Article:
Herbal Tea Benefits
Maybe your friend has been raving about how much energy she has now that she’s started drinking green tea, or maybe your doctor told you to cut back on the caffeine and suggested chamomile tea for your insomnia. No matter how you found yourself standing in the tea aisle of the grocery store wondering what the difference is between black tea and white tea other than color, herbal teas offer a tasty alternative to coffee or water and can provide a plethora of health benefits.
General Benefits of Drinking Herbal Tea
Drinking tea is a large part of many cultures, including the Chinese, Indian and Japanese traditions, but the benefits of herbal tea go far above ceremonial presence. Societies have been using herbal teas for their medicinal properties for centuries, but modern medicine began taking an interest in the last few decades of the 20th century. Most herbal teas have anti-inflammatory and antioxidant properties, but some teas, such as green tea, have compounds that have also been shown to fight viral infections, decrease cancer activity and improve cardiovascular function. The four basic types of tea are green, black, white and oolong, and all of these offer these general health benefits:
- Hydration. For those who don’t like to drink plain water, herbal teas can offer an extra punch of flavor with little to no additional calories, helping you meet your daily fluid goal. Try your favorite tea hot or cold, and experiment with add-ins like lemon, mint or a dollop of honey.
- Detox effect. The human body is mostly water, and drinking more fluids helps flush out your cells and organs, making digestion more efficient and helping detoxify your cells. There are also special herbal blends that have an even more concentrated cleansing effect.
- Weight loss. Swapping soda, juice or even sweetened coffee or tea for unsweetened herbal teas can dramatically decrease your daily calorie and sugar intake, spurring your weight loss efforts. Diuretic teas also help flush excess water weight from sugar, white flour and salt.
Common Herbal Teas and Their Benefits
In addition to the general health benefits all herbal teas have, some particular varieties are even high on the benefits chart. Knowing which teas are good for which ailments lets you tailor your tea to your needs and helps you get the most out of your next cup.
- Chamomile. Chamomile is known for its anti-inflammatory and mild sedative properties, making it a top choice for those who suffer from allergies or skin issues and those who have difficulty falling asleep.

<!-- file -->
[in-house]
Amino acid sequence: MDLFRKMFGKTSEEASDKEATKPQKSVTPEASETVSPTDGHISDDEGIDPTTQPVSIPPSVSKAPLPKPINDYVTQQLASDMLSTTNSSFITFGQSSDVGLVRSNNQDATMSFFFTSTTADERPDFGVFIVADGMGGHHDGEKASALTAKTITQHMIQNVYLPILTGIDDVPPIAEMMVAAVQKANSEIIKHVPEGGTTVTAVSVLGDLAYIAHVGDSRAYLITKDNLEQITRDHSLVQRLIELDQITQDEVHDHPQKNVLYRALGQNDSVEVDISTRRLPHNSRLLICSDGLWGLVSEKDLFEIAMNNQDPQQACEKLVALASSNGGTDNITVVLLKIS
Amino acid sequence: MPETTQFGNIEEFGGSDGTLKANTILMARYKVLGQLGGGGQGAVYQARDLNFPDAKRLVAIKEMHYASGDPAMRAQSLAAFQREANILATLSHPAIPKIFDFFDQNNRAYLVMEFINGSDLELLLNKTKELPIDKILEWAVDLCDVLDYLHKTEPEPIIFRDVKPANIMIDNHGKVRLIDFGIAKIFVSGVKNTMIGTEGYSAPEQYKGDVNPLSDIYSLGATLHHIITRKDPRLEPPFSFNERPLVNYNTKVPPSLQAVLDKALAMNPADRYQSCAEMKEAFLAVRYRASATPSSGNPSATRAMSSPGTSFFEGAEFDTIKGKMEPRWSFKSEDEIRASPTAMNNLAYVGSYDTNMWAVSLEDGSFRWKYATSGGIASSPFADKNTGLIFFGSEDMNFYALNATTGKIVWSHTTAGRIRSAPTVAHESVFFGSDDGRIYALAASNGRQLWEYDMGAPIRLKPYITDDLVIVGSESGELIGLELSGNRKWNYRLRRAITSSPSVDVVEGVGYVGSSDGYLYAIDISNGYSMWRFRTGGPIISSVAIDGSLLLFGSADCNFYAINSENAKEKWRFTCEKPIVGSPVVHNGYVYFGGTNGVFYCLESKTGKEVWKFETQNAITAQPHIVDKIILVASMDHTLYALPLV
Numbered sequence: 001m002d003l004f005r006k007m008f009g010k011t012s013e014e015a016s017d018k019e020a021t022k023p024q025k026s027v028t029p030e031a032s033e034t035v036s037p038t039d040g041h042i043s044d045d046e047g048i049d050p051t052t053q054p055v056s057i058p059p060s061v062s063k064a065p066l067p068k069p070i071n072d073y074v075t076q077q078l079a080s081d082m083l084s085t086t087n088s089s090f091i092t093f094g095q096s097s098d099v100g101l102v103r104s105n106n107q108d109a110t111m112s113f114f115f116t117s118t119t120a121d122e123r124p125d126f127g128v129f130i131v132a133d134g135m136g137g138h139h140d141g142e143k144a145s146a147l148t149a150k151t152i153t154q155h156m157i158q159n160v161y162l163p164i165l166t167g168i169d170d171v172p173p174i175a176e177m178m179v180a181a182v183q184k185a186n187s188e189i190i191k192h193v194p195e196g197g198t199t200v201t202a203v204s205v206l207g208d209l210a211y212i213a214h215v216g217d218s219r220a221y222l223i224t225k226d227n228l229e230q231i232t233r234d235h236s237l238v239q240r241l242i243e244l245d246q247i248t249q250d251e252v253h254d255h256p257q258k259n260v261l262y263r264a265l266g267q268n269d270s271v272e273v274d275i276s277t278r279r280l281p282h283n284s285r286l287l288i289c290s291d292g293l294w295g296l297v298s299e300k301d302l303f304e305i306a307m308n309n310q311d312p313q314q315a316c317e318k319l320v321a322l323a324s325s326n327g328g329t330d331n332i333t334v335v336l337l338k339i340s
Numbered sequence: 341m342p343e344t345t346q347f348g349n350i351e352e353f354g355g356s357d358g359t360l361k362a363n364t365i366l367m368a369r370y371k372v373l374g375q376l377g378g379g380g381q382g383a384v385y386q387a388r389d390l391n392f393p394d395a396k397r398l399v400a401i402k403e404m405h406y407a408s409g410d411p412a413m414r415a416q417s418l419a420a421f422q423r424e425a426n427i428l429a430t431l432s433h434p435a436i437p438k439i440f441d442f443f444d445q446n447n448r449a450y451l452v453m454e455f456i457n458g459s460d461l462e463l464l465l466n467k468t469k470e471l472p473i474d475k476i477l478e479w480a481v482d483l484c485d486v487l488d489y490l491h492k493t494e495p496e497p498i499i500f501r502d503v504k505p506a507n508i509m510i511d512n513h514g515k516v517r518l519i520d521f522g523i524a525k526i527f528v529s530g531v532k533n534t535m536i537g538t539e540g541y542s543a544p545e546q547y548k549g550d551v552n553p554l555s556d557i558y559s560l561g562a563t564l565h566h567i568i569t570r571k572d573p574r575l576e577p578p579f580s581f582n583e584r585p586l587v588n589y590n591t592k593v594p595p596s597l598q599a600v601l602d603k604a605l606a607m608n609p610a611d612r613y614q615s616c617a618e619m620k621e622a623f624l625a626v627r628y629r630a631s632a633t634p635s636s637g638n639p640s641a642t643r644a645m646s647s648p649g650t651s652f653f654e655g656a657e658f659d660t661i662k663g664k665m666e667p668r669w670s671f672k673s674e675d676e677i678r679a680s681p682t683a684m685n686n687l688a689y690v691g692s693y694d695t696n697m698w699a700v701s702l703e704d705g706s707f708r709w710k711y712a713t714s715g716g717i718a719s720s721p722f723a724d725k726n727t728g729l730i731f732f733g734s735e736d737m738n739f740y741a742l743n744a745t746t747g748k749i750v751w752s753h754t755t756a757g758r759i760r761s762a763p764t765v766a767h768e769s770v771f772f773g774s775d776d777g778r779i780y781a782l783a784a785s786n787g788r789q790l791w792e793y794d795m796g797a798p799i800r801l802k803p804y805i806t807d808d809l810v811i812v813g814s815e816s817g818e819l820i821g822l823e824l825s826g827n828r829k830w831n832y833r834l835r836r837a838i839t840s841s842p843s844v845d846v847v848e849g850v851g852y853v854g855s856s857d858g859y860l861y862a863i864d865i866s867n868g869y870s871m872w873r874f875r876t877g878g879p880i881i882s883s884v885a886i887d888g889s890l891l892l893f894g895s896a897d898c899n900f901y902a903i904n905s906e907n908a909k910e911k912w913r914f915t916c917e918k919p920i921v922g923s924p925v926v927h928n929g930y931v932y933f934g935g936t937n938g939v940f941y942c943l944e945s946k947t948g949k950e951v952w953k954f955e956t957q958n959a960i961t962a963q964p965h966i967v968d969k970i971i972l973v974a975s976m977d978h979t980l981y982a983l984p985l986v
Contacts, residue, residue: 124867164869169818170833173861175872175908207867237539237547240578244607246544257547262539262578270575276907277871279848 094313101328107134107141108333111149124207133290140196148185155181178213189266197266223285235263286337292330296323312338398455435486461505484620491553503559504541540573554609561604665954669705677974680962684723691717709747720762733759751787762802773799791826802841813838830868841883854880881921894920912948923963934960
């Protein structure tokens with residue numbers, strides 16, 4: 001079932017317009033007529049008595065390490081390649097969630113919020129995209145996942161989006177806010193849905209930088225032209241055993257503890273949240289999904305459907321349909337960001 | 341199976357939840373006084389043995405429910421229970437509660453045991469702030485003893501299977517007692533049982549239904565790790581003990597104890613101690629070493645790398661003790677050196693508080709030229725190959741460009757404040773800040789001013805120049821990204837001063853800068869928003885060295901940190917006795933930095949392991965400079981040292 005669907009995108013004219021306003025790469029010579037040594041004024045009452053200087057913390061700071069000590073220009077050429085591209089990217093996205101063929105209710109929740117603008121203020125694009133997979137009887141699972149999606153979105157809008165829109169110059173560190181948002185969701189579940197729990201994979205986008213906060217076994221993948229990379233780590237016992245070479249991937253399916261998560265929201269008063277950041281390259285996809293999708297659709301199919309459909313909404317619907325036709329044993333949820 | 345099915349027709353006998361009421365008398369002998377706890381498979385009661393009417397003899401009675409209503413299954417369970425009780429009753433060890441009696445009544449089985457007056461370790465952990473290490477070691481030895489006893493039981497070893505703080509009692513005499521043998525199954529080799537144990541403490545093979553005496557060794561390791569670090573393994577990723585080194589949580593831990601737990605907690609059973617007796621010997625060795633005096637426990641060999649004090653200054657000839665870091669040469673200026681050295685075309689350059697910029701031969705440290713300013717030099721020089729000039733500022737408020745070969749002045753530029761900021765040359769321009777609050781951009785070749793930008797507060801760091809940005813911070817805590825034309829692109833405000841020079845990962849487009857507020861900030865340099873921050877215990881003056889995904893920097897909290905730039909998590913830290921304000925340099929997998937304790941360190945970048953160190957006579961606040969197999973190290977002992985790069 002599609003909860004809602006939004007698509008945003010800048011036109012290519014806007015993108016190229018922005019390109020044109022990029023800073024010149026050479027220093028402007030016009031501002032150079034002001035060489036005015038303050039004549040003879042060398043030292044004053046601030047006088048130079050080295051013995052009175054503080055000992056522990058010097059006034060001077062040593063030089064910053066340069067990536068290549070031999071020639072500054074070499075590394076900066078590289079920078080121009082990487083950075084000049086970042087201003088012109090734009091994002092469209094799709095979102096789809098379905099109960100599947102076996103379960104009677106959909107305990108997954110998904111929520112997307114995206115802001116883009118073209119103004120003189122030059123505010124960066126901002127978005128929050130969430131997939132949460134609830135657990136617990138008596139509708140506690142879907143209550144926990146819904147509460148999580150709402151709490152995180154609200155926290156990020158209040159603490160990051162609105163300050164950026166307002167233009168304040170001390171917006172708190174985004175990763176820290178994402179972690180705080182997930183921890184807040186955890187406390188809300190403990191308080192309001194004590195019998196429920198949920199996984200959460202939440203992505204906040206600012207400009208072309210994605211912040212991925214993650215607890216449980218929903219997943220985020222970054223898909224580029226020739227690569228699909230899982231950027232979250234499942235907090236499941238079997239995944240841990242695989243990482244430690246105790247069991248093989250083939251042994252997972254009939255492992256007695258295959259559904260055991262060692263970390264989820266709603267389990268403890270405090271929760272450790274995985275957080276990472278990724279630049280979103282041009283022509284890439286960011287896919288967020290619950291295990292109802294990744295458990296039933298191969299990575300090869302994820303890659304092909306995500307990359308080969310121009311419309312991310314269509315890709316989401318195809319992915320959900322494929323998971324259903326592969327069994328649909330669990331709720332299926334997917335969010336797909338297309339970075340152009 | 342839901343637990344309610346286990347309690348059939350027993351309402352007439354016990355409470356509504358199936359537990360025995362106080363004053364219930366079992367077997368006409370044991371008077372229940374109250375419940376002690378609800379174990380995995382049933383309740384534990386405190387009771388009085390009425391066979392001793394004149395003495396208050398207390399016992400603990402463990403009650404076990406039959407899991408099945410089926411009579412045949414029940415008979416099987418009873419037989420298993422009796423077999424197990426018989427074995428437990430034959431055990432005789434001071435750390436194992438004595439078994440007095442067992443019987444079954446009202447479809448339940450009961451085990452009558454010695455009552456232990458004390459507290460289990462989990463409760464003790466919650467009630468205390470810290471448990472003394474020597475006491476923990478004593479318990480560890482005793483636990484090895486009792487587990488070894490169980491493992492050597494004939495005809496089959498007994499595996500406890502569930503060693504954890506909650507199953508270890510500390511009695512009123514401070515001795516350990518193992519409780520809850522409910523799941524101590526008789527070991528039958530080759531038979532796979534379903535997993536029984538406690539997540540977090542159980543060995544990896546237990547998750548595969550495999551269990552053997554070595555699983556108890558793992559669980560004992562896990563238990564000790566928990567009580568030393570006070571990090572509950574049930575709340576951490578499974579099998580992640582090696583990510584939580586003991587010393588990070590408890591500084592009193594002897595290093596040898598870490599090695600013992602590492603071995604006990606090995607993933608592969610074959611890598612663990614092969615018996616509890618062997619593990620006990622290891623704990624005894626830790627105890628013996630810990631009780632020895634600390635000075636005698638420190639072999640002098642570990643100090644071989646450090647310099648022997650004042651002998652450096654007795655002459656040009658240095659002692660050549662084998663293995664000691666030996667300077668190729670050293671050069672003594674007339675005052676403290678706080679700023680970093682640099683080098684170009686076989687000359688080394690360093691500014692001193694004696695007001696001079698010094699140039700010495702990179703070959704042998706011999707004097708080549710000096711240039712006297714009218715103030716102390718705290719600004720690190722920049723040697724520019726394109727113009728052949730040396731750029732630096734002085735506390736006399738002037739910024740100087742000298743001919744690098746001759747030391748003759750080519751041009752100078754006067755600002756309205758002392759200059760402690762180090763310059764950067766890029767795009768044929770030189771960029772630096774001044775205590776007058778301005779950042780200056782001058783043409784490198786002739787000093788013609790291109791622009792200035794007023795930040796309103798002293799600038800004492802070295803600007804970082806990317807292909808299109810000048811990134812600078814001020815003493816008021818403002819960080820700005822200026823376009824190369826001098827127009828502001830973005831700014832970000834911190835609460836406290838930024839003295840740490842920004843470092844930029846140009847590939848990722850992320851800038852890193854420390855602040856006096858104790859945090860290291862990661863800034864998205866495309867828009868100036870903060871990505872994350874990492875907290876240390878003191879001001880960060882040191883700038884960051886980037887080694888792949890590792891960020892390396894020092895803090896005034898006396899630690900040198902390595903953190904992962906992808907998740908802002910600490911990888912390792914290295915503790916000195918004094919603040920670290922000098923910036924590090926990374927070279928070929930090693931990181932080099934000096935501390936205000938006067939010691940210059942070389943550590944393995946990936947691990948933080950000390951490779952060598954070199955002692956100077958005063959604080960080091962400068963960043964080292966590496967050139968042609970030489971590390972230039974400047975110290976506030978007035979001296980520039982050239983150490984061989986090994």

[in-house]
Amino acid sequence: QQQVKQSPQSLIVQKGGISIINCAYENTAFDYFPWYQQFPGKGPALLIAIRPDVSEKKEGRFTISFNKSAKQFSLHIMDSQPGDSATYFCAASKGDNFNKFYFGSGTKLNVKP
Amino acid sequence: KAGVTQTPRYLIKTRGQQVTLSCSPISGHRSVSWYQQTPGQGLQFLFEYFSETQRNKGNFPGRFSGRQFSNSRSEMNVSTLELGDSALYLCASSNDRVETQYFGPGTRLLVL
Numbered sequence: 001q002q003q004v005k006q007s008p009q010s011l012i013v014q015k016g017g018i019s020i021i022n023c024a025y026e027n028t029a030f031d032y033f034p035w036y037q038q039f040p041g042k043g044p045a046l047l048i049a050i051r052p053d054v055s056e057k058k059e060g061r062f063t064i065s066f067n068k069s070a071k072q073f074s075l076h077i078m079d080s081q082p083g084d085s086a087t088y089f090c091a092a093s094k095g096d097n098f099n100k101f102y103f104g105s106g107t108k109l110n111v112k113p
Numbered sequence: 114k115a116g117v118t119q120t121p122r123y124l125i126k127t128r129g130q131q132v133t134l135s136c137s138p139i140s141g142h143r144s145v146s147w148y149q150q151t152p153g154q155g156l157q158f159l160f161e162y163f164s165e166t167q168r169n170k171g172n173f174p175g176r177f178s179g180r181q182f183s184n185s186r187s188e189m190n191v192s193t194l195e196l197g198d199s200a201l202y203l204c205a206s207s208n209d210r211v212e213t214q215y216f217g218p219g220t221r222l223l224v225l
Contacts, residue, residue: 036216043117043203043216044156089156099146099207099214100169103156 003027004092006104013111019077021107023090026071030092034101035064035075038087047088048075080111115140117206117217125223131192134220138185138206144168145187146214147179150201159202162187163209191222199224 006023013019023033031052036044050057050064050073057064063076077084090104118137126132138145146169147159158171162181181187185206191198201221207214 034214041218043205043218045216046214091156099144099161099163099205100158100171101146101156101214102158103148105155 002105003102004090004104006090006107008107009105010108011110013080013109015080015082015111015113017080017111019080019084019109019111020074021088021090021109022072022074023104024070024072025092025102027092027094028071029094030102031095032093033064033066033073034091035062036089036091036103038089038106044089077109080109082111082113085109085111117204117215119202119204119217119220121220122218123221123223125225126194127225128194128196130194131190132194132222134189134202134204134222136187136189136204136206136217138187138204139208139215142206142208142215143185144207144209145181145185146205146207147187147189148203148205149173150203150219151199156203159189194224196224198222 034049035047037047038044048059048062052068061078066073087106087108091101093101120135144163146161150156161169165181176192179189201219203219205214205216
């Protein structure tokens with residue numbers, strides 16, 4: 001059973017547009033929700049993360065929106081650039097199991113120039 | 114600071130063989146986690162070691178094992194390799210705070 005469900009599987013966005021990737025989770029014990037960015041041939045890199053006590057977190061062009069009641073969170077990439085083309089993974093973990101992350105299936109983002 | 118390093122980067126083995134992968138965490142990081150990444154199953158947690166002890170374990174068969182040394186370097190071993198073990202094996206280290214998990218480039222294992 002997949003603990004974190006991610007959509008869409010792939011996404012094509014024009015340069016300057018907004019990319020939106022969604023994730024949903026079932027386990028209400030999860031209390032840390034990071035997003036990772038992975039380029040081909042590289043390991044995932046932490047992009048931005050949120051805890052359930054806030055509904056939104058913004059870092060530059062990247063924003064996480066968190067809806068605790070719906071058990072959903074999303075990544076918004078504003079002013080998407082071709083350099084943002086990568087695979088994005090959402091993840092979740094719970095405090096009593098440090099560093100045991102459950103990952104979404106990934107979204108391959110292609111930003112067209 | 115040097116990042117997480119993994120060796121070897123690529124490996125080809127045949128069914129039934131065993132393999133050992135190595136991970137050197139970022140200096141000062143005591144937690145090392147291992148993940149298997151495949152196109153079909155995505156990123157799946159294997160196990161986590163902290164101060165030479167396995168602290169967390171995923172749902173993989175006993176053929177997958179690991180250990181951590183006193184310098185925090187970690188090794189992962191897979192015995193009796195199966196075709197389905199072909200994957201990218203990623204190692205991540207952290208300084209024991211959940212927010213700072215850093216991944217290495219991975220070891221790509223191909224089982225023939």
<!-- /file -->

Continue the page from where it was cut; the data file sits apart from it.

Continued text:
- Green. This Chinese tea is naturally caffeinated and high in antioxidants. It provides a host of benefits including increasing mental alertness, boosting your energy and reducing your risk of certain cancers, neurological disorders and stroke.
- Peppermint. Even just the smell of peppermint can calm an upset stomach and ease tension headaches, but this tea also has antiviral and antimicrobial properties. Perfect for when you have a cold or a sinus infection, peppermint tea boost your immune system, and breathing in the steam also helps clear your nasal passages.
- Hibiscus. Made from the popular flower, hibiscus tea has proven helpful in lowering blood pressure, helps calm an upset stomach and has a mild diuretic and laxative effect.
- Rooibos. This caffeine-free tea is believed to help improve the cardiovascular system, guard against osteoporosis and tooth decay, and decrease your risk of kidney stones.
Making Herbal Teas Part of Your Daily Routine
The great thing about herbal tea is that most people can start drinking it right away. Most grocery stores have several varieties available in the coffee and tea aisle, and preparation is as simple as boiling some water and letting the tea bag steep for a few minutes before pouring into your favorite mug or teacup. You can even microwave the water if you’re particularly short on time.
Creating your own herbal tea remedy is easy. Be brave and experiment at first, trying different varieties and flavor blends until you find a few you like. Much depends on individual preference, and you may find that you prefer spicier versions like ginger peach over cooling peppermint or calming chamomile. You can also branch out into loose leaf and custom tea blends by buying leaves in bulk and using your own filter bags.
While most teas are safe for the majority of people, many of the herbs used also have medicinal effects on the body. These effects will be muted when the herb is diluted for tea, but it’s important for those who are taking any kind of medication (over the counter or prescribed), pregnant or currently being treated for another health condition to get a doctor’s approval beforehand.